I sometimes wondered what the use of any of thewas. The best thing I could come up with was what I call the of the arts. This theory says that artists are useful tobecause they are so sensitive. They are super-sensitive. They keel over like canaries in poison coal mines long before more robust types realize that there is anywhatsoever. .
I was taught in the sixth grade that we had a standing army of just over a hundred thousand men and that the generals had nothing to say about what was done in Washington. I was taught to be proud of that and to pity Europe for having more than a million men under arms and spending all theiron airplanes and tanks. I simply never unlearned junior civics. I stillin it. I got a very good grade. .
Well, I've worried some about, you know, why write... why are we teaching people to write books when presidents and senators do notthem, and generals do not read them. And it's been the university experience that taught me that there is a veryreason, that you catch people before they become generals and presidents and so forth and youtheirwith ... , and however you want to poison their minds, it's presumably to encourage them to make a better . .
You learn aboutby the accidents you have, over and over again, and your father is always in your head when that stuff happens. Writing, most of the time, for most people, is an accident and your father is there for that, too. You know, I taughtfor a while and whenever somebody would tell me they were going to write about their dad, I would tell them they might as well go write about killing puppies because neither story was going to work. It just doesn't work. Your father won't let it happen. .
One of the great American tragedies is to have participated in a just . It's been possible for politicians and movie-makers to encourage us we're alwaysguys. The Second World War absolutely had to be fought. I wouldn't have missed it for the world. But we never talk about thewe kill. This is never spoken of. .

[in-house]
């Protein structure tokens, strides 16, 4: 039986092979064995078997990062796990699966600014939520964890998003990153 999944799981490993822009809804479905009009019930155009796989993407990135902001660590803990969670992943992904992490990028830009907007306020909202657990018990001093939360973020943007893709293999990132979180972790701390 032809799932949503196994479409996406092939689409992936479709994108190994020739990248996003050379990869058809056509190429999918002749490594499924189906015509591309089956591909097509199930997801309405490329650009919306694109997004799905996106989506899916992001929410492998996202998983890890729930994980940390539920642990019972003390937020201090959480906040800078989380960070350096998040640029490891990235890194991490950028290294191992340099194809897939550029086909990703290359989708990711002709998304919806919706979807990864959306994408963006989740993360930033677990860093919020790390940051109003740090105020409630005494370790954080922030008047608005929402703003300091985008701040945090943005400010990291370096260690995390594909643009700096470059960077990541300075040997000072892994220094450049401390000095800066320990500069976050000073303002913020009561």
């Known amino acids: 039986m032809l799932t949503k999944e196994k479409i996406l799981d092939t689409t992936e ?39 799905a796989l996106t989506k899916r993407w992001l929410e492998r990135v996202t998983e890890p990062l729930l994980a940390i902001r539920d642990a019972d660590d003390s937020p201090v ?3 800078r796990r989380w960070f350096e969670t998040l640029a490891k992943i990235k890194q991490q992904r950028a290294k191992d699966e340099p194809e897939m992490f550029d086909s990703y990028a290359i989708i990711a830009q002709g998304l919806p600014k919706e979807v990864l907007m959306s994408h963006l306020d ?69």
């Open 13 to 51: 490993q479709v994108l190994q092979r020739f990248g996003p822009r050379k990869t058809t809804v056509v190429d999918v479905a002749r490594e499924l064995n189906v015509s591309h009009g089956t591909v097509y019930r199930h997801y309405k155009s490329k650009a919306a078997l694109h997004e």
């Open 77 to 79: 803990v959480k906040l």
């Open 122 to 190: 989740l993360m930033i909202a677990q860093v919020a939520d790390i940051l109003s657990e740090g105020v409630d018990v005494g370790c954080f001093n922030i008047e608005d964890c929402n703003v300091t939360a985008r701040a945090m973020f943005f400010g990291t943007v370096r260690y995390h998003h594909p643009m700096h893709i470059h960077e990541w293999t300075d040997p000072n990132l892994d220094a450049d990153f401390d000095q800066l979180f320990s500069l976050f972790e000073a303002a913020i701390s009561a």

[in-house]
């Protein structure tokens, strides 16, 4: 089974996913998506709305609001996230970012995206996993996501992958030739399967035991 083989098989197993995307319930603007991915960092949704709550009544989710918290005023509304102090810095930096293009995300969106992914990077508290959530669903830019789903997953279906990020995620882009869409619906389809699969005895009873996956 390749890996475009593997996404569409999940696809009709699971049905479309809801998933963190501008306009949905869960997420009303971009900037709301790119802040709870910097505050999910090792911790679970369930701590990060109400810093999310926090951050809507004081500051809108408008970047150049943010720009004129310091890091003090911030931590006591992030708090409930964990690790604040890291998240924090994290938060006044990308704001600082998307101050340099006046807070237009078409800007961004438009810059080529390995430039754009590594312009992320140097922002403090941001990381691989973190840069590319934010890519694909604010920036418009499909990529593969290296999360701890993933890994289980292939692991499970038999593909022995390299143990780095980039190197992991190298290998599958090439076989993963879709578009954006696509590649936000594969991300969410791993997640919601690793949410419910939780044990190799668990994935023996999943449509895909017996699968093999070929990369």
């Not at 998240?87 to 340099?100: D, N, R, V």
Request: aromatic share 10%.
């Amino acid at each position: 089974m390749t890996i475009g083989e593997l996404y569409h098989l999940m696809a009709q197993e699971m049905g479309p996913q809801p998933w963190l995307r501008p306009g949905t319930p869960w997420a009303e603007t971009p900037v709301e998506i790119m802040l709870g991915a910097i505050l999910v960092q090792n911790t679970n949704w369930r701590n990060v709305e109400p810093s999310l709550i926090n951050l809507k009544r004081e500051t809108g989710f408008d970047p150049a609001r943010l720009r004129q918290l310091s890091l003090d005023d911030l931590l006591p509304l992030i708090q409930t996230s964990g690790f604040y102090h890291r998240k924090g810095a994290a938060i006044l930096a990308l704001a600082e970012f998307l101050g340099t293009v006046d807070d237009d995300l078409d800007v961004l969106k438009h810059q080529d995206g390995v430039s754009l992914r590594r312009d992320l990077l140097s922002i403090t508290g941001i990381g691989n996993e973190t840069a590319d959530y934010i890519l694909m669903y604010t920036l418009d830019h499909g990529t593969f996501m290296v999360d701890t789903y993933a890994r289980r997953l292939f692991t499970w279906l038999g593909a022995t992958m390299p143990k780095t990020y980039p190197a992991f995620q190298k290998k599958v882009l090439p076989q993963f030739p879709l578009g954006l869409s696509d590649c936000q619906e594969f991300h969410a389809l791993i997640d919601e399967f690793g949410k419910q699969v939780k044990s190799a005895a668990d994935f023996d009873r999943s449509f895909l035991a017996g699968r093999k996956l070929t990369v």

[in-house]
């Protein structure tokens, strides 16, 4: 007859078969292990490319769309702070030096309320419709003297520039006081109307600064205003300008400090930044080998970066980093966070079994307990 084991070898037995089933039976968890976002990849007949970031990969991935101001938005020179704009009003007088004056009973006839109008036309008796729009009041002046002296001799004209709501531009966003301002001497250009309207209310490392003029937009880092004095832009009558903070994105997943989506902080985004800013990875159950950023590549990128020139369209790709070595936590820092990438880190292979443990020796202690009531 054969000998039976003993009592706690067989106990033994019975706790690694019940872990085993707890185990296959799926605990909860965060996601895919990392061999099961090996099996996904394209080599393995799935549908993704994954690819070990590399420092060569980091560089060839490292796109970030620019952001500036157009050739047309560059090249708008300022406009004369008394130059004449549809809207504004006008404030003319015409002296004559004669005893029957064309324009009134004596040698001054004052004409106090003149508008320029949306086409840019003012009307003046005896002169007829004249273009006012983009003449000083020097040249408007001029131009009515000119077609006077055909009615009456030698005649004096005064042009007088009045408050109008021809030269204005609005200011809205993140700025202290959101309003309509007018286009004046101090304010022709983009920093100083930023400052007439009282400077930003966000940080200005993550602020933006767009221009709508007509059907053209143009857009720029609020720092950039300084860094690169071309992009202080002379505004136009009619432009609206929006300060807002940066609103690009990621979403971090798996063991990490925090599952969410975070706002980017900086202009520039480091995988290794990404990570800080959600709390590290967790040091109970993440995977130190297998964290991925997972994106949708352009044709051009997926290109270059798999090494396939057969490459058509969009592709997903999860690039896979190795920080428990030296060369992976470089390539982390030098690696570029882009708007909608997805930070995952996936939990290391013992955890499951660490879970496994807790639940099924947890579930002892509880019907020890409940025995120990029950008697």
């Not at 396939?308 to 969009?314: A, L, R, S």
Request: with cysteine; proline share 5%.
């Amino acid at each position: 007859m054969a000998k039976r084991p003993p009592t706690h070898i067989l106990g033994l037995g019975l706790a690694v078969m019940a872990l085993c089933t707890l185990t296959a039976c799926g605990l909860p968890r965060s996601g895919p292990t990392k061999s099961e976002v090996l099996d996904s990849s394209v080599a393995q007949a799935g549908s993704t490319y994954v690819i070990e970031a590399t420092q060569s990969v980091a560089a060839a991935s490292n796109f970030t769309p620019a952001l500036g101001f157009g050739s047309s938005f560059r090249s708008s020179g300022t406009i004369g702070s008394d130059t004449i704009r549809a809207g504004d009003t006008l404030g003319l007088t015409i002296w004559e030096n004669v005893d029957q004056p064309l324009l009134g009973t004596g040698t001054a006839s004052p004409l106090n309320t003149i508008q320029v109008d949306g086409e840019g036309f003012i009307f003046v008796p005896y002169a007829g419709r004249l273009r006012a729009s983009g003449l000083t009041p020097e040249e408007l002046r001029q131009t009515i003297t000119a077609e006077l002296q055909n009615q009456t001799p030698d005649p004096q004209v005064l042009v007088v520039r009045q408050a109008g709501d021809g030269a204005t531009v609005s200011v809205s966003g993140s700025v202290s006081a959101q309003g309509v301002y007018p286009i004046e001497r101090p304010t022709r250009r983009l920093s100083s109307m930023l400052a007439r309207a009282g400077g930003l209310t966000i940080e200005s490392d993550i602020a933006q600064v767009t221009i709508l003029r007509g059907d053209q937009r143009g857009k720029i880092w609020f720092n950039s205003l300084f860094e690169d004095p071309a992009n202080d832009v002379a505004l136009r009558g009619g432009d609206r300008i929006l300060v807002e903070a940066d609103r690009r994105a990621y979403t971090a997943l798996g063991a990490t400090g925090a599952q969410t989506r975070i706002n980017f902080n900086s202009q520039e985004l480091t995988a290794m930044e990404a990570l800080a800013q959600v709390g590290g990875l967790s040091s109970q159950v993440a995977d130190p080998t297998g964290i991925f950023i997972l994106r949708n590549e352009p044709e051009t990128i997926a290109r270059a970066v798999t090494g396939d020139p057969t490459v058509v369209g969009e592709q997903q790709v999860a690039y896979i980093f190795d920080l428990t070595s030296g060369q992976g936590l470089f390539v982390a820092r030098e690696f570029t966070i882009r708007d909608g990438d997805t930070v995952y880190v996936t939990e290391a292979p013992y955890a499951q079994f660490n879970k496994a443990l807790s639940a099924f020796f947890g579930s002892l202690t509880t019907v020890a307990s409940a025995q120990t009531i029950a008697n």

I have wanted to give Iraq a lesson in— because we’re experienced with it, you know. And, in democracy, after a hundred years, you have to let yourgo. And, after a hundred and fifty years, you have to let yourvote. And, at theof democracy, is that quite a bit of genocide and ethnic cleansing is quite okay. And that’s what’s going on now. .
I do feel thatis being controlled by some sort of divine engineer. I can't help thinking that. And this engineer knows exactly what he or she is doing and why, and where evolution is headed. That’s why we’ve got giraffes and hippopotami and the clap. .
[When Vonnegut tells his wife he's going out to buy an envelope] Oh, she says, well, you're not a poor man. You know, why don't you go online and buy a hundred envelopes and put them in the closet? And so I pretend not to hear her. And go out to get an envelope because I'm going to have a hell of a in the process of buying one envelope. I meet a lot of . And, see some great looking babes. And a fire engine goes by. And I give them the thumbs up. And, and ask awhat kind ofthat is. And, and I don't know. The moral of the story is, is we're here onto fart around. And, of course, thewill do us out of that. And, what the computer people don't realize, or they don't care, is we're dancing . You know, weto move around. And, we're not supposed toat all anymore. .
During the , in hundreds of Iliums over America,andlearned to get along without their men and women, who went to fight. It was thethat won the war — production with almost no manpower. In the patois of the north side of the river, it was the know-how that won the war.owed itsto know-how. .
"You think I'm insane?" said Finnerty. Apparently he wanted more of a reaction than Paul had given him. "You're still in touch. I guess that's the test." "Barely — barely." "A psychiatrist could help. There's a good man in Albany." Finnerty shook his head. "He'd pull me back into the center, and I want to stay as close to the edge as I can without going over. Out on the edge you see all kinds of things you can't see from the center." He nodded, "Big, undreamed-of things — theon the edge see them first." .
"Strange business," said Lasher. "This crusading spirit of theand engineers, the idea of designing and manufacturing and distributing being sort of a holy war: all that folklore was cooked up by public relations and advertising men hired by managers and engineers to make big business popular in the old days, which it certainly wasn't in the beginning. Now, the engineers and managers believe with all theirthe glorious things their forebears hired people to say about them. Yesterday's snow job becomes today's sermon." .
Here it was again, the most ancient of roadforks, one that Paul had glimpsed before, in Kroner's study, months ago. The choice of one course or the other had nothing to do with machines, hierarchies, economics, love, age. It was a purely internal matter. Every child older than six knew the fork, and knew what the good guys did here, and what the bad guys did here. The fork was a familiar one in folk tales the world over, and the good guys and the bad guys, whether in chaps, breechclouts, serapes, leopardskins, or banker's gray pinstripes, all separated here.Bad guys turned informer. Good guys didn't — no matter when, no matter what. .
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